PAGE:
New rules to make it easier for consumers to have electronic or electrical goods repaired rather than replaced and binned were passed by the European Parliament today.

The draft legislation seeks to introduce a 'right to repair' and will place new obligations on producers and sellers to reduce unnecessary waste.

The law would require sellers to repair products unless it is cheaper to replace them.

It would also provide rights to make repairs easier and cheaper when guarantees expire.

The initiative is all part of helping the EU achieve its Green Deal policy agenda and hopes to promote longer product life through reusability and reparability.

More than 590 MEPs supported the measure, including all 13 MEPs from Ireland, with just 15 voting against.

Speaking on RTÉ's Morning Ireland, Green Party MEP Ciarán Cuffe said it is "a real step forward in the circular economy", and it will cover white goods as well as mobile phones and is "a win for consumers".

While welcoming the draft legislation, Mr Cuffe said it is disappointing that it did not go further to include such items as cars and rechargeable batteries.

Fine Gael MEP Deirdre Clune, a member of the parliament's Internal Market Committee described the measure as an "important step to empower consumers", adding that "in the long-run, this new legislation will bring about significant savings for consumers, allowing them to contribute to the circular economy".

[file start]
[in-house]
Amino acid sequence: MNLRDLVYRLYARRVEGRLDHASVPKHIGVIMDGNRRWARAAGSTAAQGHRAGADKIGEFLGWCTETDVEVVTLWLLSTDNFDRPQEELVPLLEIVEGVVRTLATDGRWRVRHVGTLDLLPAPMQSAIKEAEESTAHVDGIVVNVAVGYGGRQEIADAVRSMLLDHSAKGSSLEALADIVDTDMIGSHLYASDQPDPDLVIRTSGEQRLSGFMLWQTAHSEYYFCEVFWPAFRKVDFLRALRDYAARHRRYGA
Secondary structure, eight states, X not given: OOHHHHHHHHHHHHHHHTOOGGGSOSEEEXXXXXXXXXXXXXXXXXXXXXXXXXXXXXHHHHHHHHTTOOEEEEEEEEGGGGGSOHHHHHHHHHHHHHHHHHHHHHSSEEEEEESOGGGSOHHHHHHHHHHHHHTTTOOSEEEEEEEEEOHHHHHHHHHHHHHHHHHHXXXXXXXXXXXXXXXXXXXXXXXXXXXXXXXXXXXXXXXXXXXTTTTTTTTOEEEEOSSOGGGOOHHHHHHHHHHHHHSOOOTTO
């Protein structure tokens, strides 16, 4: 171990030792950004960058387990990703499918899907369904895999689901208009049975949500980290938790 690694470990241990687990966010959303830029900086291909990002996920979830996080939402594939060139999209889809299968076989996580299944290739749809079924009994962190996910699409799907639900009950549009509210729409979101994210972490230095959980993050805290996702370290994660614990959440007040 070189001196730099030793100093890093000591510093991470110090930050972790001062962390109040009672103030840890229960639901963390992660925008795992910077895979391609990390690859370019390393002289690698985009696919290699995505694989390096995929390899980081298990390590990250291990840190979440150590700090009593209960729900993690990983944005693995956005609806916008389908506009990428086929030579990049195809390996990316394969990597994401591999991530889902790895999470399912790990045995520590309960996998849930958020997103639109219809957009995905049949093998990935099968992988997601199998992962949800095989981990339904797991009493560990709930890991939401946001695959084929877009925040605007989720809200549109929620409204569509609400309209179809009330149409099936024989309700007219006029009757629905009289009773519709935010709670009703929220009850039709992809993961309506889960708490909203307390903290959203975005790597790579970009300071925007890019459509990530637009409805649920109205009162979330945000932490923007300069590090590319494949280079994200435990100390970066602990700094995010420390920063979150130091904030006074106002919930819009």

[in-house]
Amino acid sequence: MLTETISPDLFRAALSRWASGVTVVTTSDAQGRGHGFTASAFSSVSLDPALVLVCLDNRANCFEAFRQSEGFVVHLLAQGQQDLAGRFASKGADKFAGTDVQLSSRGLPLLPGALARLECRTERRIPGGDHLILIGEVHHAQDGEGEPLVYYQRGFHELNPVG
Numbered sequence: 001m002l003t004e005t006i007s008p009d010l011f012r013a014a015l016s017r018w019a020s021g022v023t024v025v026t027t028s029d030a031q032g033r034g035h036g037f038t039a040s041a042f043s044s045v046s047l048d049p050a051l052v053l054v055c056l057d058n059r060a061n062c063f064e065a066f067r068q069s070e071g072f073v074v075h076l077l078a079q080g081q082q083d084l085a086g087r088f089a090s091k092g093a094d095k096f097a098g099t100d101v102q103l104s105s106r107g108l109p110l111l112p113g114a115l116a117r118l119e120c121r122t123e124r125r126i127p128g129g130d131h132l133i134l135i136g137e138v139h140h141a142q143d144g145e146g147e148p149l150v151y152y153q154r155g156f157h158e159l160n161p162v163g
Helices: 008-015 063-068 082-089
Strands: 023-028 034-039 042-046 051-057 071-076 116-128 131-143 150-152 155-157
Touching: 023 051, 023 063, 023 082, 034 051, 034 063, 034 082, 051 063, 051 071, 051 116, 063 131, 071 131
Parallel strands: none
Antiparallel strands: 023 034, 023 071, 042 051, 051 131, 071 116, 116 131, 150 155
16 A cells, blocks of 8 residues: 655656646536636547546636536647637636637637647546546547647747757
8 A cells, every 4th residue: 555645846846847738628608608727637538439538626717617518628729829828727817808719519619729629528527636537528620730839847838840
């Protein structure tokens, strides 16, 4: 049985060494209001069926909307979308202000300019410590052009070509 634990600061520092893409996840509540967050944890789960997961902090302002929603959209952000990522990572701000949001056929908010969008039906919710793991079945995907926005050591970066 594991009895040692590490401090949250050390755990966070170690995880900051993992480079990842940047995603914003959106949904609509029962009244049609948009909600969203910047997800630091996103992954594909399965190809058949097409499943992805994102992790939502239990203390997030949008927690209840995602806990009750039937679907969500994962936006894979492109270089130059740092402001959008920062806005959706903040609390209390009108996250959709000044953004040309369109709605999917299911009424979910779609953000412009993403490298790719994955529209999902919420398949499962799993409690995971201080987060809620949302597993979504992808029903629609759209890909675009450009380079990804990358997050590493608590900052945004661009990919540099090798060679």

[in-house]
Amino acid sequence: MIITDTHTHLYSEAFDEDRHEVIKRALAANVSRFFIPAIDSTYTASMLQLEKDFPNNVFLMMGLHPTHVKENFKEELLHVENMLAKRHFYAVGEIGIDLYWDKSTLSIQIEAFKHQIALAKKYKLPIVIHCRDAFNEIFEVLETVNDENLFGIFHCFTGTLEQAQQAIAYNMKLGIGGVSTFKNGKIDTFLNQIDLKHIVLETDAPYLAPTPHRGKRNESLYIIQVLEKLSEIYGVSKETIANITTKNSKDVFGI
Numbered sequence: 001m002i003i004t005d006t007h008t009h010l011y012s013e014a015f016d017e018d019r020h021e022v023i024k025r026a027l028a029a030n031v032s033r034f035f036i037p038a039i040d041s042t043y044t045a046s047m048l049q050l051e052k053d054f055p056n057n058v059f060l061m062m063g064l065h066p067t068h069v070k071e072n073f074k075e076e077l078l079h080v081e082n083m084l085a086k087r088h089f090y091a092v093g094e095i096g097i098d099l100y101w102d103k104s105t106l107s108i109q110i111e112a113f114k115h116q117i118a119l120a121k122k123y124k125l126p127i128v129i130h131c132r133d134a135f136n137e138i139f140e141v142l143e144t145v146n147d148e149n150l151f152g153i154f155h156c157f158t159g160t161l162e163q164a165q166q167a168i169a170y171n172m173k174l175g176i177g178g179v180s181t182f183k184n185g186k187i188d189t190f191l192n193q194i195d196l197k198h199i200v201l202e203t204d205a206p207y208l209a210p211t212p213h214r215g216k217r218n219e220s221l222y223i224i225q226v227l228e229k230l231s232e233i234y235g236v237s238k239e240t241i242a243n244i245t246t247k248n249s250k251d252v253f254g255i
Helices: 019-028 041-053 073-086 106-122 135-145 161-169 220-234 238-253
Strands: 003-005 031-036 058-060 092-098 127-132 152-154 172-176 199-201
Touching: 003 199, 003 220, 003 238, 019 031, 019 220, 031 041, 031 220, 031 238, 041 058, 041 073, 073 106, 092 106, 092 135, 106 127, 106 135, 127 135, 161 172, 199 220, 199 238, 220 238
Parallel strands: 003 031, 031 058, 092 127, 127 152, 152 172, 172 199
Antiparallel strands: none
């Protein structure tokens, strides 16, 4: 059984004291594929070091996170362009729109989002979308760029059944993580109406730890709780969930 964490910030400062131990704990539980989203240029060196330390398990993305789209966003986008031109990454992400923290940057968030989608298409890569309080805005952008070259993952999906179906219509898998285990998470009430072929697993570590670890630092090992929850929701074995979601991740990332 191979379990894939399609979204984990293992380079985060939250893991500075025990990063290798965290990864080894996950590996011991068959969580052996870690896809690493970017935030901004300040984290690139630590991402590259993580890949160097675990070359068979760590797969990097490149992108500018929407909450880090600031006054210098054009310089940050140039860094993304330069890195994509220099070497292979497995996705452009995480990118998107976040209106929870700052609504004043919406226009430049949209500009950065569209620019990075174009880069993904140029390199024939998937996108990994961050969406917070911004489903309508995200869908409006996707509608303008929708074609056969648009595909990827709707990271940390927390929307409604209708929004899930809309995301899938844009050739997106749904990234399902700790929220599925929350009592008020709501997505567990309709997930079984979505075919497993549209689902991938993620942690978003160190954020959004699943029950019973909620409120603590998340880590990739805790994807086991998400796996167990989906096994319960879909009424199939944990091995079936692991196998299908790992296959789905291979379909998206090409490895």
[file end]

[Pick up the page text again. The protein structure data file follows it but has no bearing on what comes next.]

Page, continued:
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Electronics are the fastest growing source of waste in the EU. In 2017, more than 3.5 million tonnes were collected and only 40% recycled.

Cork City Council's civic amenity site, the biggest in Munster, saw an average of 420 tonnes of electric and electronic waste binned by the public over the past two years.

Repair businesses such as Washing Machine Repairs in Cork, which is in business for over 40 years, welcomed news of the draft law.

Paul O'Shea said it made sense and will be good for the planet too.

"I think it is definitely a move in the right direction," he said.

"Anything that saves stuff going into the sea and going into landfill, I mean, the stuff going into the landfill is ridiculous, especially the plastic".

Mr O'Shea pointed to a 25-year-old electric cooker that he is currently in the middle of repairing.

"This new EU law is a very good law for stopping this cooker from being dumped," he said.

"And if we could stop this, and give it another ten years of life, thumbs-up. That's the way to go for the future."

The law is expected to come into force in early 2025 once a final agreement is worked out between member states.

Additional reporting Tommy Meskill